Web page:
Innovatie en Mededinging

Op Zoek naar de Bron van Welvaart en Vooruitgang

Research output: Working paperDiscussion paperOther research output

980 Downloads (Pure)

Abstract

Competition and innovation both stimulate the development and growth of the economy. The mutual effect on prosperity and welfare growth have been researched and published extensively. The effect between innovation and competition is often overlooked and it is this very nexus that can provide us with the key to answering the following questions about welfare growth: What are the optimal levels of innovation and competition to stimulate growth? Is there an inverse U-curve present, and if so in which industries and what are the corresponding optimal levels of competition and innovation in those sectors? The Roman Empire was able to dictate and control the world for many centuries because they understood the relationship between innovation, gaining a competitive edge and success. The innovations ranging from battlefield ‘eagles’ to the first armoured unit to the invention of the scutum all helped to maintain an advantage that allowed them separate themselves from the masses. Translating this to todays’ world we can see that the essence of competition and innovation have not changed, still both are needed to optimize a welfare enhancing environment in today’s business world. Schumpeter’s early work (mark I&II) both examined the relationship between innovation and competition. These findings were used by Aghion to further investigate the relationship between innovation and competition to see whether an inverse U-curve is indeed apparent in the UK. In this paper Brouwer outlines the methodological weaknesses in the works presented by Aghion et all and proposes new indicators to more accurately estimate an econometric model, which will enhance the validity and give policy makers a more profound judgement to base future policies on.
Original languageDutch
Place of PublicationTilburg
PublisherTILEC
Number of pages55
Volume2007-021
Publication statusPublished - 2007

Publication series

NameTILEC Discussion Paper
Volume2007-021

Keywords

  • Innovation
  • competition
  • innovation & competition
  • inverse U-curve
  • chumpeter
  • Brouwer

Cite this

Brouwer, E. (2007). Innovatie en Mededinging: Op Zoek naar de Bron van Welvaart en Vooruitgang. (TILEC Discussion Paper; Vol. 2007-021). Tilburg: TILEC.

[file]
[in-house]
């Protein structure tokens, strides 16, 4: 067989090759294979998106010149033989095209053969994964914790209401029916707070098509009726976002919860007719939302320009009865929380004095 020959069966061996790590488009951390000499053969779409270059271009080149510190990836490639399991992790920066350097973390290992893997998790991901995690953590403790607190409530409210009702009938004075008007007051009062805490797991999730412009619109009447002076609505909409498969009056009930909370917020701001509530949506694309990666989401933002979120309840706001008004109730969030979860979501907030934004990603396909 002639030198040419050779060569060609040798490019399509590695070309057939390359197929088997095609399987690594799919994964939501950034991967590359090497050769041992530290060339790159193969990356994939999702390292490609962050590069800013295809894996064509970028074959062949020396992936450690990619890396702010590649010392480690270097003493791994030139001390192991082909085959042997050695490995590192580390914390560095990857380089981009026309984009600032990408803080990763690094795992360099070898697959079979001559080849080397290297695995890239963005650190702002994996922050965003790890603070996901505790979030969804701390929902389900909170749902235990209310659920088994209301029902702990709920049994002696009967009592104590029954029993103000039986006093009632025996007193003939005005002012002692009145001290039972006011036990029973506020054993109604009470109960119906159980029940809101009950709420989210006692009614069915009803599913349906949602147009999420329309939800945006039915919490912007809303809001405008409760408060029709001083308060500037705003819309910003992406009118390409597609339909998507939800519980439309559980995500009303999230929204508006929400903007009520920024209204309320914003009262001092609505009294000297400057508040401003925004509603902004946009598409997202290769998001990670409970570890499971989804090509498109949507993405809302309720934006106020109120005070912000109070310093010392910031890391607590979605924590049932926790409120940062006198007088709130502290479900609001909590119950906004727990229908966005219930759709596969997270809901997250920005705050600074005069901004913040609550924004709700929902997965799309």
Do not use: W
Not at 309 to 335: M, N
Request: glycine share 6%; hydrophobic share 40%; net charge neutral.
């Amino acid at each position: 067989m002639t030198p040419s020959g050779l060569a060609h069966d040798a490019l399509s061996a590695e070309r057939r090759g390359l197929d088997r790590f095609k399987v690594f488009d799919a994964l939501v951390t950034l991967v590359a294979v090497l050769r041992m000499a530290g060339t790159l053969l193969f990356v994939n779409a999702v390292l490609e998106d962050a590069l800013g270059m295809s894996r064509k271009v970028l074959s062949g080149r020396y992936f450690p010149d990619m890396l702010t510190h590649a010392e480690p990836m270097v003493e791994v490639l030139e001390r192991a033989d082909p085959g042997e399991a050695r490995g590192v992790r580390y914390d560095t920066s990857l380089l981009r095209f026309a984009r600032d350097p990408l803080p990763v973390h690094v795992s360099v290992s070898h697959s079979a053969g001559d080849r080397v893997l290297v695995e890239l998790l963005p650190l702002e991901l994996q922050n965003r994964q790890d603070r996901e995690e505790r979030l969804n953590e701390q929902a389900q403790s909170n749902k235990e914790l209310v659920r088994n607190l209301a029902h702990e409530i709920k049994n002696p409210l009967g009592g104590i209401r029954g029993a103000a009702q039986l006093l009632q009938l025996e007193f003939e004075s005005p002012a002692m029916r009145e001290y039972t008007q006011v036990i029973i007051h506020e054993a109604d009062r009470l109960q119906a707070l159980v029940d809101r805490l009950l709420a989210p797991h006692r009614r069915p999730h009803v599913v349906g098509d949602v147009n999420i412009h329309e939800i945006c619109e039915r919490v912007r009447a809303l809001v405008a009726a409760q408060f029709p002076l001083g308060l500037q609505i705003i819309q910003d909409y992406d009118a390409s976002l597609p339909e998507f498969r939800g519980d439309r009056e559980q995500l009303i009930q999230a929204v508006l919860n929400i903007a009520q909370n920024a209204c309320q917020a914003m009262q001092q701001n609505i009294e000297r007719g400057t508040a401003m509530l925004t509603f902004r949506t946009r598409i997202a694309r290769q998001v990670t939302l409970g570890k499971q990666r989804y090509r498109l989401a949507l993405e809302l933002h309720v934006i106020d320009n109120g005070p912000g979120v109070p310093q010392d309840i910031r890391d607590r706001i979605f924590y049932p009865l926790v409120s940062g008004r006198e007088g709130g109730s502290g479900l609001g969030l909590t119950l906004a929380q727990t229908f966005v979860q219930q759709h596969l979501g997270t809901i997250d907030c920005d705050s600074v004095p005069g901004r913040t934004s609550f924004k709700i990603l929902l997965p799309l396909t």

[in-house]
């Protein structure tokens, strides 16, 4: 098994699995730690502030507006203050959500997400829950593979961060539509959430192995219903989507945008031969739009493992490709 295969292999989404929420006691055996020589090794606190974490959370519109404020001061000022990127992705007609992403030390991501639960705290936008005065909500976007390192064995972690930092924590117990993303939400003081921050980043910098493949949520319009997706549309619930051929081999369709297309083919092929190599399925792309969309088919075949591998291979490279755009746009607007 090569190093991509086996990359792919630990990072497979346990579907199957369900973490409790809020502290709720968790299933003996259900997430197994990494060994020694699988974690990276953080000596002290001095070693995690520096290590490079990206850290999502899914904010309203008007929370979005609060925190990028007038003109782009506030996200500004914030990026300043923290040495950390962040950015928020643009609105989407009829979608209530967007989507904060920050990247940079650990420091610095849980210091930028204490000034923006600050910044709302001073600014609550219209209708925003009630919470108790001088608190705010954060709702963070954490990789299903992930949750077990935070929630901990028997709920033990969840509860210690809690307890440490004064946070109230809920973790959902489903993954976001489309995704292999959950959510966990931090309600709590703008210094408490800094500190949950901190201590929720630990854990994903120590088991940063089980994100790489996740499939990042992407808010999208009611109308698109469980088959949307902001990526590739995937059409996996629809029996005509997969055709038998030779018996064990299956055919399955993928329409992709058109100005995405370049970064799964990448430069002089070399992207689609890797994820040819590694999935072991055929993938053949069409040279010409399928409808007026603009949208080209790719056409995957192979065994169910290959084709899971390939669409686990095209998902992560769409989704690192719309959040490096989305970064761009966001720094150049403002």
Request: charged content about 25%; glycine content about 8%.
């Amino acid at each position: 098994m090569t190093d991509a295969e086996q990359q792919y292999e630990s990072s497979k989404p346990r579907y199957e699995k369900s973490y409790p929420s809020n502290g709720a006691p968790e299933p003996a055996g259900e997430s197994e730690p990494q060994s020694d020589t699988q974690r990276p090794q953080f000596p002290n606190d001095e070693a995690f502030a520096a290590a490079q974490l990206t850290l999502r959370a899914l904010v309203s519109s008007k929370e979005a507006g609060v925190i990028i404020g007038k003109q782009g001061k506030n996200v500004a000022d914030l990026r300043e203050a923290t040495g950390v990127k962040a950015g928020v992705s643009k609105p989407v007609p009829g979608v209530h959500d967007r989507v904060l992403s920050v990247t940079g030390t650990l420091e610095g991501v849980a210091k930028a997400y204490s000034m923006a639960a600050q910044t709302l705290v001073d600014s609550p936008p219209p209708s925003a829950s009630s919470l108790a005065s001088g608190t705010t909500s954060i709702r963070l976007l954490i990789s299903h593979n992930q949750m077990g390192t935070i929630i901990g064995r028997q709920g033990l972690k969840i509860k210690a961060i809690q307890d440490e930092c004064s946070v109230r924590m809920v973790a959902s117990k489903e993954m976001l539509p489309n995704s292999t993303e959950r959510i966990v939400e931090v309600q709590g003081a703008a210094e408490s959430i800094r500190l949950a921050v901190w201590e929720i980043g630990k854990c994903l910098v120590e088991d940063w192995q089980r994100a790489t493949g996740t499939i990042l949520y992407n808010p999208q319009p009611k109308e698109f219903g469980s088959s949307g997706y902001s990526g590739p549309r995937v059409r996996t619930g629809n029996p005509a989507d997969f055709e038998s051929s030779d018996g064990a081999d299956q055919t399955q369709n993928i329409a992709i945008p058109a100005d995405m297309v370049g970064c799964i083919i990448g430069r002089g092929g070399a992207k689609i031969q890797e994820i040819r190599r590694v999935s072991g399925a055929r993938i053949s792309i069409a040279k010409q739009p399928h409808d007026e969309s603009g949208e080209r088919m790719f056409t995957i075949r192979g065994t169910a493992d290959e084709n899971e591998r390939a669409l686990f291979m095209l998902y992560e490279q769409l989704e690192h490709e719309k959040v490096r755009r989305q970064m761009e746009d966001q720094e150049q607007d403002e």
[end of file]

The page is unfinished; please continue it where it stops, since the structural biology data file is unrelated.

@techreport{02c550646d6540b19eef4136e848a868,
title = "Innovatie en Mededinging: Op Zoek naar de Bron van Welvaart en Vooruitgang",
abstract = "Competition and innovation both stimulate the development and growth of the economy. The mutual effect on prosperity and welfare growth have been researched and published extensively. The effect between innovation and competition is often overlooked and it is this very nexus that can provide us with the key to answering the following questions about welfare growth: What are the optimal levels of innovation and competition to stimulate growth? Is there an inverse U-curve present, and if so in which industries and what are the corresponding optimal levels of competition and innovation in those sectors? The Roman Empire was able to dictate and control the world for many centuries because they understood the relationship between innovation, gaining a competitive edge and success. The innovations ranging from battlefield ‘eagles’ to the first armoured unit to the invention of the scutum all helped to maintain an advantage that allowed them separate themselves from the masses. Translating this to todays’ world we can see that the essence of competition and innovation have not changed, still both are needed to optimize a welfare enhancing environment in today’s business world. Schumpeter’s early work (mark I&II) both examined the relationship between innovation and competition. These findings were used by Aghion to further investigate the relationship between innovation and competition to see whether an inverse U-curve is indeed apparent in the UK. In this paper Brouwer outlines the methodological weaknesses in the works presented by Aghion et all and proposes new indicators to more accurately estimate an econometric model, which will enhance the validity and give policy makers a more profound judgement to base future policies on.",
keywords = "Innovation, competition, innovation & competition, inverse U-curve, chumpeter, Brouwer",
author = "E. Brouwer",
note = "Pagination: 55",